In fact, I was so disheartened by the situation, I wrote a letter of complaint to both the Director of Free Tibet and their Board members. My concerns were also backed up by an independent complaint from a former volunteer. Our concerns fell on deaf ears and swiftly dismissed without serious, independent investigation. As a result, on leaving Free Tibet in March 2012, I wrote a public expose about the organisation. This was done despite warnings from within the Tibet UK movement not to do so, for fear of causing disunity. Since writing this expose – although I received some private messages of support and gratitude from former long-term staff members of Free Tibet and Tibetan activists in exile – there has been no public reaction from Tibet’s political leader, Lobsang Sangay, the CTA or the Tibetan community in exile.

What is at stake here is not only the lack of Tibetan voices and financial accountability in such international NGOs, but the political issues that arise from the monopolising and funding of the Tibetan cause by such groups, particularly those staffed and led by western non-Tibetans. As Stephen Corry’s email revealed, it appears that some non-Tibetan led groups think they are doing Tibetans a service with their ‘generosity’ and leadership, and that without such help or aid the Tibetan cause would flounder and collapse. Tibetan intellectual Jamyang Norbu alluded to this issue in Seeking the Power of the Powerless:

‘The [Tibetan] exile government which had till then operated virtually on a shoestring now began to receive funding from a number of Western nations. Tibetan organizations, especially the Dalai Lama, began to receive invitations to attend all sorts of international confabs. But behind the gestures of sympathy, the invitations, the awards, the grants, and the aid, there often appeared to be a kind of unspoken condition that this might all go away if Tibetans raised the issue (or the “core issue” as the PRC menacingly calls it) of Tibetan independence.’

The catch to all international NGO activity is where the money comes from. Without money, there would be no international Tibet groups. The problem with this is that the agenda of the founder/donors/Board members then determines what that NGO will do, as well as how long it will be allowed to exist. If NGOs can manage without donor funding – sadly, few of them do – then they have the freedom to do what they want. In addition, if Lobsang Sangay were less reliant on the support of internationally funded NGOs then he (and the CTA) could afford to be more radical and progressive in their politics on Tibet and less weary of offending their western, capitalist ‘masters’ riding the Trojan horse of charity.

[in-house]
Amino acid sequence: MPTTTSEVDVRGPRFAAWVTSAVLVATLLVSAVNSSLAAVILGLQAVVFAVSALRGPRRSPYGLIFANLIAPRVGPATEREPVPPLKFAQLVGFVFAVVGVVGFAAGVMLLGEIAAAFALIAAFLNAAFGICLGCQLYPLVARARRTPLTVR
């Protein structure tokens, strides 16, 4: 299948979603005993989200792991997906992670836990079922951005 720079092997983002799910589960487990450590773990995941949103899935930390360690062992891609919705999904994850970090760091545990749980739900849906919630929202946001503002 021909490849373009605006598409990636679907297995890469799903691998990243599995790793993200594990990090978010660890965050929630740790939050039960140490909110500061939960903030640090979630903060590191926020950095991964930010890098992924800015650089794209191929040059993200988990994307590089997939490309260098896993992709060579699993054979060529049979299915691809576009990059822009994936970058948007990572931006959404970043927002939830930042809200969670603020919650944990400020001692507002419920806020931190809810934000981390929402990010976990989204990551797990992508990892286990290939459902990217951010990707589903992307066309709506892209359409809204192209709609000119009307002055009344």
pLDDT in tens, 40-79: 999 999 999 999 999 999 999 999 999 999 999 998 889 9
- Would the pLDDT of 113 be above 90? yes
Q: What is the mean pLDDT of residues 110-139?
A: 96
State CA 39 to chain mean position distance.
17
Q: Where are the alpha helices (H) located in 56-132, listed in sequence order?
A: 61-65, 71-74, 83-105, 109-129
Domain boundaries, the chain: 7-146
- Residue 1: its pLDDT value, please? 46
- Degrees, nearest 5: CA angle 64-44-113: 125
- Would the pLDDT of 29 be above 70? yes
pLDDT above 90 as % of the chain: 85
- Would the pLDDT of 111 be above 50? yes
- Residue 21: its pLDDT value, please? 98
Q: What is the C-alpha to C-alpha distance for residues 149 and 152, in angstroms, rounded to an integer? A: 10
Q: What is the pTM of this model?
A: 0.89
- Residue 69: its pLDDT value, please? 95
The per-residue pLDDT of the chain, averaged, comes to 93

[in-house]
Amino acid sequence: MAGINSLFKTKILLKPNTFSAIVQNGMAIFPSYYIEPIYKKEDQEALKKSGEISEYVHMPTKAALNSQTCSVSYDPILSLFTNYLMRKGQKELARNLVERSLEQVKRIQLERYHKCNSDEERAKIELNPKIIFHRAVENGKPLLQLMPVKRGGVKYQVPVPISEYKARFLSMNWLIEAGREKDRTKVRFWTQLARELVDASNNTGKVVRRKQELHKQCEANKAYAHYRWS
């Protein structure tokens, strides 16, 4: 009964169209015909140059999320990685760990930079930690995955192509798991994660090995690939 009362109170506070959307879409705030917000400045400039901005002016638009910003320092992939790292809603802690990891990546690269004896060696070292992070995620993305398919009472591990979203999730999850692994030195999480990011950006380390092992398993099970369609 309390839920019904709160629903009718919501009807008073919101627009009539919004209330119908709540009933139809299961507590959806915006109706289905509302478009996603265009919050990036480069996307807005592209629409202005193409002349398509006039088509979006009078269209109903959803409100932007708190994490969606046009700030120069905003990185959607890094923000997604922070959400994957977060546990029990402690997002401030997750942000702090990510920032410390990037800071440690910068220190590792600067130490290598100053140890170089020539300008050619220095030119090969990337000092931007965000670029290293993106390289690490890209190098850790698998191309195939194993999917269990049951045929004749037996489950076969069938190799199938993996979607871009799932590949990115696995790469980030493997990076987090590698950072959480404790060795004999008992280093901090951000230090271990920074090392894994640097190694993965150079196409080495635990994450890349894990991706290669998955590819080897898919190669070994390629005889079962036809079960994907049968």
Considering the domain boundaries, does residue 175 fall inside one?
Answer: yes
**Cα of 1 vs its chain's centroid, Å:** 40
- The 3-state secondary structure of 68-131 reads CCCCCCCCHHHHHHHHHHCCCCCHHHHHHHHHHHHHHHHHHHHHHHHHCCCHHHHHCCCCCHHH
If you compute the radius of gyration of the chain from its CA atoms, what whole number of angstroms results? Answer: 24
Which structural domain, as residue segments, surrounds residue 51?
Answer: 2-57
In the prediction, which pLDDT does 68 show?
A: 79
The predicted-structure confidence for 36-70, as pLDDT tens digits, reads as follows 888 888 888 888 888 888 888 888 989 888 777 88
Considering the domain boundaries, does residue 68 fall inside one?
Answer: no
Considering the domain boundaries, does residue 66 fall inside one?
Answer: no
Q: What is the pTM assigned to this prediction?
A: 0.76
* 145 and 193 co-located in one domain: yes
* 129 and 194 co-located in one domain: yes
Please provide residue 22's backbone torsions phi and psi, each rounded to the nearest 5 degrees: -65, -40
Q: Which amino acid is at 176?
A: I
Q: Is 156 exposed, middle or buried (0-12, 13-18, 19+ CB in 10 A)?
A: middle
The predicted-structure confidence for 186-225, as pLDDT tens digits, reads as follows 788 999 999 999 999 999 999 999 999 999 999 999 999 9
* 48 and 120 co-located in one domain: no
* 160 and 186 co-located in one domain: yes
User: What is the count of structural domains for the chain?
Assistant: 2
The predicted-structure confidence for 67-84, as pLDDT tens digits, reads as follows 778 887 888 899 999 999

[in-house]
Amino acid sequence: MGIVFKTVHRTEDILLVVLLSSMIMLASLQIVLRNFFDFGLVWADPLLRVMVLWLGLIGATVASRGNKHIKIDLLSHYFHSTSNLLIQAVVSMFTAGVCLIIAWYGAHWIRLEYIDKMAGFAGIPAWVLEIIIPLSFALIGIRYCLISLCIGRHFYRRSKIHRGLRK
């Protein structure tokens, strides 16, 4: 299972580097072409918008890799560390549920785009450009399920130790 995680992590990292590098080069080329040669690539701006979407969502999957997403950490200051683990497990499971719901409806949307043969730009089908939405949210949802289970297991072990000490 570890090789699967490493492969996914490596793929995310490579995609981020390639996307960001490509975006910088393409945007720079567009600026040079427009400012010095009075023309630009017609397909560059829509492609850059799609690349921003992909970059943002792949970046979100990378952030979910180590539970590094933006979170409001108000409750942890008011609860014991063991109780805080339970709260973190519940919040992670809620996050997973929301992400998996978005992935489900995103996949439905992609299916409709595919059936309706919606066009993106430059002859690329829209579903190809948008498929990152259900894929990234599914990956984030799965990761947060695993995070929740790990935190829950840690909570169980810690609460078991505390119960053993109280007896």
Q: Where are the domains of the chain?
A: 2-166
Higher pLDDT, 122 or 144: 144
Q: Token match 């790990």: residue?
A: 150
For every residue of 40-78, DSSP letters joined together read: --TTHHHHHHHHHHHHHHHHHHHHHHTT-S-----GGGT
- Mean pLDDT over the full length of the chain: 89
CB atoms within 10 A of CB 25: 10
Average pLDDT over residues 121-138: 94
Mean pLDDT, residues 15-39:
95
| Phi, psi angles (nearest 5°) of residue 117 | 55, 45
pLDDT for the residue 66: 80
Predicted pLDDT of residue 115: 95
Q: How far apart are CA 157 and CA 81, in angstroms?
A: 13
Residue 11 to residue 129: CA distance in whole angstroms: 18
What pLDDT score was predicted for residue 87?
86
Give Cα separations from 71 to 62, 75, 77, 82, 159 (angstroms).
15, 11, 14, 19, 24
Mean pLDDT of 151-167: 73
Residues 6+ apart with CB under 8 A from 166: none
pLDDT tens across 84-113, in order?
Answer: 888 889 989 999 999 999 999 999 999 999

Edward Said was brilliantly correct when he quoted Disraeli: ‘The East is a Career’. Yet, as Bruce Robbins points out in ‘Secular Vocations: Intellectuals, Professionalism, Culture’, even those ‘professionals’ from what used to be called ‘the East’ are now making metropolitan careers out of what is now called, with no more precision, ‘the Third World’, to such an extent that it is now almost possible to say ‘the Third World is a career’. There are people who are making a good living out of Tibetan activism as a career. There is no doubt, some of their work has been of benefit. However, in my experience at Free Tibet, people who are careerists like any profession, try to rise in the hierarchy and tow the correct line. They lose their independence and freedom. They compromise on their original ideas and integrity. They might be seen as very good workers within the NGOs, but they become conformists.

Media Bias

In addition, despite the fact that it is Tibetans who are leading the way in terms of smuggling out and disseminating information from Tibet, risking their and others’ lives to do so, international groups such as Free Tibet and ICT, both led by non-Tibetans, are still being selectively sought out and quoted by the mainstream media as the most suitable sources of information.

Members of Tibetan-led and staffed NGOs and campaigning groups have privately expressed their frustration at this apparent media bias too. One Students for a Free Tibet member, who preferred to remain anonymous had this to say:

‘By monopolizing their relationship with mainstream western media, Free Tibet has done a great disservice in not allowing Tibetans to speak on their own behalf. Free Tibet does not represent the true majority of this movement. To most young Tibetans, Stephanie Brigden is just another name being dubbed “expert”. Unless Free Tibet yields to the other groups who truly speak for the Tibetan cause at large, they may find themselves cut out of the picture and truly resented. It must end now when the time is critical for this cause.”